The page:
Multiple sclerosis (MS) is considered the most common disabling neurological condition in young people, and it can significantly affect the quality of life of those living with the condition. Mental illness is an important dimension of MS (Feinstein, 2004; Rodgers & Bland, 1996). People with MS have an elevated prevalence of anxiety disorders (Korostil & Feinstein, 2007), psychotic and mood disorders (Patten, Svenson, & Metz, 2005b). The objectives of this study were to estimate the incidence and to conduct an exploratory analysis on the potential determinants of incidence of depression in MS.
Participants in this prospective cohort study (n=188) were followed for six months, starting with two baseline risk factor assessments then completing a depression screening instrument, the PHQ-9, every 2 weeks. At monthly intervals, information was collected on potential risk factors, using standard items from existing validated scales and instruments. Associations were estimated using prevalence ratios (PR) and hazard ratios (HR). A response feature analysis used standard deviation of total depression scores to categorize participants in an alternative way to the typical depression high/low cut-point measures.
Baseline cross-sectional analyses found a depression prevalence estimate of 22% using the traditional PHQ-9 cut-point of 10. Predictors of incidence included low self-esteem (HR=4.9), perceived inability to cope with demands of daily life (HR=5.4) low self-efficacy (HR=5.0) and task oriented coping (HR=0.2). The response feature analysis found there is a group of non-depressed participants with high PHQ-9 score variability that shares some risk factors with the depressed patients.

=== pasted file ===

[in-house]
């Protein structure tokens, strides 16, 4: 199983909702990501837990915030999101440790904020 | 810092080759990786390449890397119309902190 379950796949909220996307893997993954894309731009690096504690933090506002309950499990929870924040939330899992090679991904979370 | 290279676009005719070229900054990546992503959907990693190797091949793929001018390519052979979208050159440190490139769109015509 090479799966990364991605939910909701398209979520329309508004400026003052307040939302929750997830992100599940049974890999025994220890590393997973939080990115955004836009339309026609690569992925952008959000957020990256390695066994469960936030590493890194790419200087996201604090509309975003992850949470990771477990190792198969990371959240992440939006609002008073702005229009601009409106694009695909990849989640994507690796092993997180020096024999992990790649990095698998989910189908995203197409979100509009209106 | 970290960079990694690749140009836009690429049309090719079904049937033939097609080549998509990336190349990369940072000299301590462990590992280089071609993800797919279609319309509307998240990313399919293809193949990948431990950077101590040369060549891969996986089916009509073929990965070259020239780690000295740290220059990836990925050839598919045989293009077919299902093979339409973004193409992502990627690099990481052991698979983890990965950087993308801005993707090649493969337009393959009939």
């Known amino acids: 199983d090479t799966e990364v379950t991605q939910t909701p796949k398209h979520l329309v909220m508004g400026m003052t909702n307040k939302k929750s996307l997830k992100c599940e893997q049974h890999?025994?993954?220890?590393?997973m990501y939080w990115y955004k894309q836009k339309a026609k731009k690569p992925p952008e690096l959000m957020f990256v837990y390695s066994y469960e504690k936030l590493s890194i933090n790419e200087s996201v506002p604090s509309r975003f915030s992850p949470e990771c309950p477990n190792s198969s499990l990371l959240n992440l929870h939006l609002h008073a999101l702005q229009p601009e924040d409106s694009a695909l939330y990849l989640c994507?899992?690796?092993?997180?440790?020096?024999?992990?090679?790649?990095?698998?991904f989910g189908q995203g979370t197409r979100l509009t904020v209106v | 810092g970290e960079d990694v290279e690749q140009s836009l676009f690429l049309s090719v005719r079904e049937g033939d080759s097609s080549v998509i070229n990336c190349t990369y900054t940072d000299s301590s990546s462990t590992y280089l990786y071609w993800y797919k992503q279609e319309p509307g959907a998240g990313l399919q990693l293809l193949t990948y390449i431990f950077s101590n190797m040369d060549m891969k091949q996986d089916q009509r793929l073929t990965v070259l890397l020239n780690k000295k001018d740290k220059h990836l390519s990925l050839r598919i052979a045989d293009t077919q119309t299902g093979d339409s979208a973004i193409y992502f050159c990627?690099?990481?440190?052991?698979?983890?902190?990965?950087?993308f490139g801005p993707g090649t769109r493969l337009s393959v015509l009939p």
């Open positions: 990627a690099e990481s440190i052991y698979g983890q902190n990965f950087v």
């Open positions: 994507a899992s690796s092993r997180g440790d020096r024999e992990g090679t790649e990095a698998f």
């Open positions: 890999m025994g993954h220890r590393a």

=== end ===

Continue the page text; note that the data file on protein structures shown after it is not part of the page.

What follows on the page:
These results indicate depression in MS exhibits a risk factor profile similar to that of depression in the general population, with the additional impact of MS illness-related factors. Depression in MS is often regarded as being neurologically induced due to brain lesions, inflammation or axonal loss. While these results do not obviate this possibility, they provide a clear indication that depression in MS exhibits a risk factor profile characterized prominently by psychological and social factors. Future research should adopt a greater focus on such determinants, particularly coping with stress style, which may provide unrecognized opportunities for prevention and/or treatment of depression in this population.